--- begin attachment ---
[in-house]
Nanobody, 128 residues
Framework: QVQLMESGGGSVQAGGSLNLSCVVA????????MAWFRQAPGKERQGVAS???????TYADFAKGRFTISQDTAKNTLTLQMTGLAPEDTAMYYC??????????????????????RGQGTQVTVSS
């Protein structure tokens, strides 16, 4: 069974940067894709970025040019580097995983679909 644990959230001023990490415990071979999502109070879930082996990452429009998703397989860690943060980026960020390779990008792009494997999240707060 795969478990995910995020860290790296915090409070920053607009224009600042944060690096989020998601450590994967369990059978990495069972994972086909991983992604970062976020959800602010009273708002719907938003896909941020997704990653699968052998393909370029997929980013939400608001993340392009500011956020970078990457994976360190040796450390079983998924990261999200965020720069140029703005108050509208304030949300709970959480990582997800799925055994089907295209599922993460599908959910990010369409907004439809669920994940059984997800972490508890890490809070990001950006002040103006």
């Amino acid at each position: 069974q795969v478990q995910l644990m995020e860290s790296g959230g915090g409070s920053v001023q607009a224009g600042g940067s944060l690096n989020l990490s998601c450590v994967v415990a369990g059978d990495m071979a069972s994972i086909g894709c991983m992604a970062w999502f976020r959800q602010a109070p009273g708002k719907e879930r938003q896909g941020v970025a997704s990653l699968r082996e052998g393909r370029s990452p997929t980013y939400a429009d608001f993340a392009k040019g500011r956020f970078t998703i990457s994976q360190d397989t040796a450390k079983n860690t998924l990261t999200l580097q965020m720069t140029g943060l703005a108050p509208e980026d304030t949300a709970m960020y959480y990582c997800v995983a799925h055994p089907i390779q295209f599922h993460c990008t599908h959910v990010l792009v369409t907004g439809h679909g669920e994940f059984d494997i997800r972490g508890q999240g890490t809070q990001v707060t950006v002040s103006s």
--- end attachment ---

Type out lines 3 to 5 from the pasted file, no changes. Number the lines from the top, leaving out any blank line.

Framework: QVQLMESGGGSVQAGGSLNLSCVVA????????MAWFRQAPGKERQGVAS???????TYADFAKGRFTISQDTAKNTLTLQMTGLAPEDTAMYYC??????????????????????RGQGTQVTVSS
């Protein structure tokens, strides 16, 4: 069974940067894709970025040019580097995983679909 644990959230001023990490415990071979999502109070879930082996990452429009998703397989860690943060980026960020390779990008792009494997999240707060 795969478990995910995020860290790296915090409070920053607009224009600042944060690096989020998601450590994967369990059978990495069972994972086909991983992604970062976020959800602010009273708002719907938003896909941020997704990653699968052998393909370029997929980013939400608001993340392009500011956020970078990457994976360190040796450390079983998924990261999200965020720069140029703005108050509208304030949300709970959480990582997800799925055994089907295209599922993460599908959910990010369409907004439809669920994940059984997800972490508890890490809070990001950006002040103006």
């Amino acid at each position: 069974q795969v478990q995910l644990m995020e860290s790296g959230g915090g409070s920053v001023q607009a224009g600042g940067s944060l690096n989020l990490s998601c450590v994967v415990a369990g059978d990495m071979a069972s994972i086909g894709c991983m992604a970062w999502f976020r959800q602010a109070p009273g708002k719907e879930r938003q896909g941020v970025a997704s990653l699968r082996e052998g393909r370029s990452p997929t980013y939400a429009d608001f993340a392009k040019g500011r956020f970078t998703i990457s994976q360190d397989t040796a450390k079983n860690t998924l990261t999200l580097q965020m720069t140029g943060l703005a108050p509208e980026d304030t949300a709970m960020y959480y990582c997800v995983a799925h055994p089907i390779q295209f599922h993460c990008t599908h959910v990010l792009v369409t907004g439809h679909g669920e994940f059984d494997i997800r972490g508890q999240g890490t809070q990001v707060t950006v002040s103006s």